Wednesday, 13 May 2015

Who'd have thought it.

Lower Parting where the two channels of the river meet again
We looked out the window yesterday morning and saw, to our complete surprise, moored across the Docks was narrowboat Sea Eagle who we crossed The Wash with last summer.
A couple of hours later we bumped into Anthony, its skipper, who it turns out moors down the canal at Saul; so maybe not such a surprise to find him there. Meeting him changed our plans for the day as he told us of some interesting walks around Alney Island, the nature reserve on the other side of the river from the docks. So, after a morning's wander round Gloucester's shops - a decidedly unlovely clutch of 1960s and 70s precincts sadly - we headed across the footbridge from the Dock to the island.
Ships masts rise above dock buildings - a view unchanged for 150 years
Alney is one of the largest natural river islands in the country. It starts back at Upper Parting where the river splits and ends two miles down at Lower Parting where they meet again for the final run to the estuary. At its widest, it's three quarters of a mile across. Most of it is low lying and prone to flooding but there are a few houses and an electric sub station: the rest is meadow and nature reserve. Which is why we saw hardly any interesting birds. In my experience, if you want to see birds, don't go to a nature reserve – I think they deliberately hide from visitors!
We walked round the southern edge of the island, following the river and looked back across at the docks where tall masts stood out between the old brick buildings in a view that has been unchanged for 150 years. We were looking out for the remains of Llanthony Lock, which was built to by-pass the river weir and give an alternative route to the rest of the river to boats that didn't want to pay the canal dues. It was in service from 1871 until 1924 when its walls started to move inwards. But it's still there, remarkably complete, and even has a lock house that's occupied.
Llanthony Lock: when restored it will be the gateway to a revived canal
The lock, the house and the land around it were bought by the Herefordshire and Gloucestershire Canal Trust as part of its restoration plan. Boats would come down the river as we did, carry on past Gloucester Lock, by-pass the weir via a restored Llanthony Lock, head on down river to Lower Parting, turn up the west channel and then, via a new, yet to be built lock, into the canal. An interesting bit of tidal river boating there!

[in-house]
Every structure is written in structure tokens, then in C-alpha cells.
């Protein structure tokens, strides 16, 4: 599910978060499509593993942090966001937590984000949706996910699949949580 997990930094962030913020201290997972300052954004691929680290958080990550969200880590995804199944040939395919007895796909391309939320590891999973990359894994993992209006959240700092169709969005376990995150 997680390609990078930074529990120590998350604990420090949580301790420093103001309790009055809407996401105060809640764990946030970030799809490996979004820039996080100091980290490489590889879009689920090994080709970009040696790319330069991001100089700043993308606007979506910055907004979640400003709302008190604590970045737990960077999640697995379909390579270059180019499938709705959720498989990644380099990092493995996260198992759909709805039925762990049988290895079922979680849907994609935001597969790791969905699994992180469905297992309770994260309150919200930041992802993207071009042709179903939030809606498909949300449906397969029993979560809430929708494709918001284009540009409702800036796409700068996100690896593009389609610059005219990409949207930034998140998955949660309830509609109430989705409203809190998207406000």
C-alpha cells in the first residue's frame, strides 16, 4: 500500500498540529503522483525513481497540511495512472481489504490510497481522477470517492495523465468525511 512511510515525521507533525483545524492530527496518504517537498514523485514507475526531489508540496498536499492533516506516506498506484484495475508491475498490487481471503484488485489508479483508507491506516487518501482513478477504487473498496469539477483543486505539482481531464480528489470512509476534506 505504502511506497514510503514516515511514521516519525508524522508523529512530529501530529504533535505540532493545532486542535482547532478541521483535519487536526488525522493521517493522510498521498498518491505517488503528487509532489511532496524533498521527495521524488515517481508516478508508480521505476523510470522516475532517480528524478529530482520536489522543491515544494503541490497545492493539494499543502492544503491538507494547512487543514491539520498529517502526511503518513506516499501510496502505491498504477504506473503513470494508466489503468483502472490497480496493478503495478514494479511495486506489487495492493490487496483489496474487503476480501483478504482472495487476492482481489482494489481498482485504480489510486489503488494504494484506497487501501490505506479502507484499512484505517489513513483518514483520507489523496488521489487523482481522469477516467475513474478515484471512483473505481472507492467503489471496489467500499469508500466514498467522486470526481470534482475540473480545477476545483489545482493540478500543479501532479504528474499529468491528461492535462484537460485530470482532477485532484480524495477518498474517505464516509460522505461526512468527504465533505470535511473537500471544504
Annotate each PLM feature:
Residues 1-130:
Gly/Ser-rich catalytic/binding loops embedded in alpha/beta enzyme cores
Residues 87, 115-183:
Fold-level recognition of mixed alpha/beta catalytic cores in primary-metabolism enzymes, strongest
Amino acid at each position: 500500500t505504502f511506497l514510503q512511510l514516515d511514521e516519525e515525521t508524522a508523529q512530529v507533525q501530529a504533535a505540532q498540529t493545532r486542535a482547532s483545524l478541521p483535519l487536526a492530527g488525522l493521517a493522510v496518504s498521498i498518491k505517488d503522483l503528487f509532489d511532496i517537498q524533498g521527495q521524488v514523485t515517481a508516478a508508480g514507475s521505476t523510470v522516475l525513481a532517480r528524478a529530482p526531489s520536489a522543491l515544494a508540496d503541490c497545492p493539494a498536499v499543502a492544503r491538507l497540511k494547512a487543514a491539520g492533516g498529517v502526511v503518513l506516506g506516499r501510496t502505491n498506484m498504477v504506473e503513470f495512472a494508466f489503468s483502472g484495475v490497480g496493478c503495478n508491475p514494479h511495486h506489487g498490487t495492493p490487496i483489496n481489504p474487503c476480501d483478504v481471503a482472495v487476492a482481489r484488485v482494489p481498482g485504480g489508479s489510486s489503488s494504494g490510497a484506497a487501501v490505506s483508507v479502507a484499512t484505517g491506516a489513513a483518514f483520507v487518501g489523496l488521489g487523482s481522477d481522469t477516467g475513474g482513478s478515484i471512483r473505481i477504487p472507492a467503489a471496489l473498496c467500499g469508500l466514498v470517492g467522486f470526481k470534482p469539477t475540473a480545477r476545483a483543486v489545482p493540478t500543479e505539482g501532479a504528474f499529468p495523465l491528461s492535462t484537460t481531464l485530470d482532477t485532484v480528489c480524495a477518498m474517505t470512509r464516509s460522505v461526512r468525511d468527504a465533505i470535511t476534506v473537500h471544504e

We followed the route they will take to Lower Parting, a glorious spot where the two channels meet and the river, now wide and magnificent again, flows on. It's a wonderfully remote place, with fine views – and to see the Severn Bore racing up towards you there must be a great sight.
A father and young son were fishing – for sea bass. Now that's what I call angling; catching fish you can take home and eat.
We headed north up the side of the western channel towards the huge modern road bridge that takes the A40 from Gloucester to Wales. Beside it is the railway bridge and sandwiched between them an single arched stone bridge whose classic proportions could only have been designed by one man – yes, it's that chap Thomas Telford once more.
Another great Telford bridge once spanned the Severn as the main road to Wales
Over Bridge is now just used as a footbridge but this was once  the main road bridge west out of the city – and until the first Severn Bridge was built in the 1960s the main road route to south Wales as there was no crossing possible lower down the river. We had a few family holidays in Wales and I must have crossed it a few times as a child; how strange.
We walked across, ducked under the big new bridge and turned off the river path to see if we could discover the start of the Herefs & Gloucs Canal. And it was quite a surprise to clamber up the bank and find, not a damp ditch, but a fully finished canal basin, all pristine, smart, in water and even with a cluster of boats able to ply the half mile length that's in water. There's even a Wharf House visitor centre though that was shut by the time we got there.
The basin of the Herefs & Gloucs Canal - all built by volunteer labour
It's a hell of an achievement. The basin was dug out by the developer of the surrounding houses but all the building work was done by Canal Trust volunteers and the Waterway Recovery Group. You have to admire the grit and enthusiasm of these restoration groups and hope that they can maintain their impetus over what will always be a long haul.
Today we've moved on from the Docks: our 48 hours is up and we are moored out in the country now ready for a weekend of grandparent duties way across country in Suffolk. Back blogging next week.
The bridge lifts and we have to leave the wonderful Docks behind

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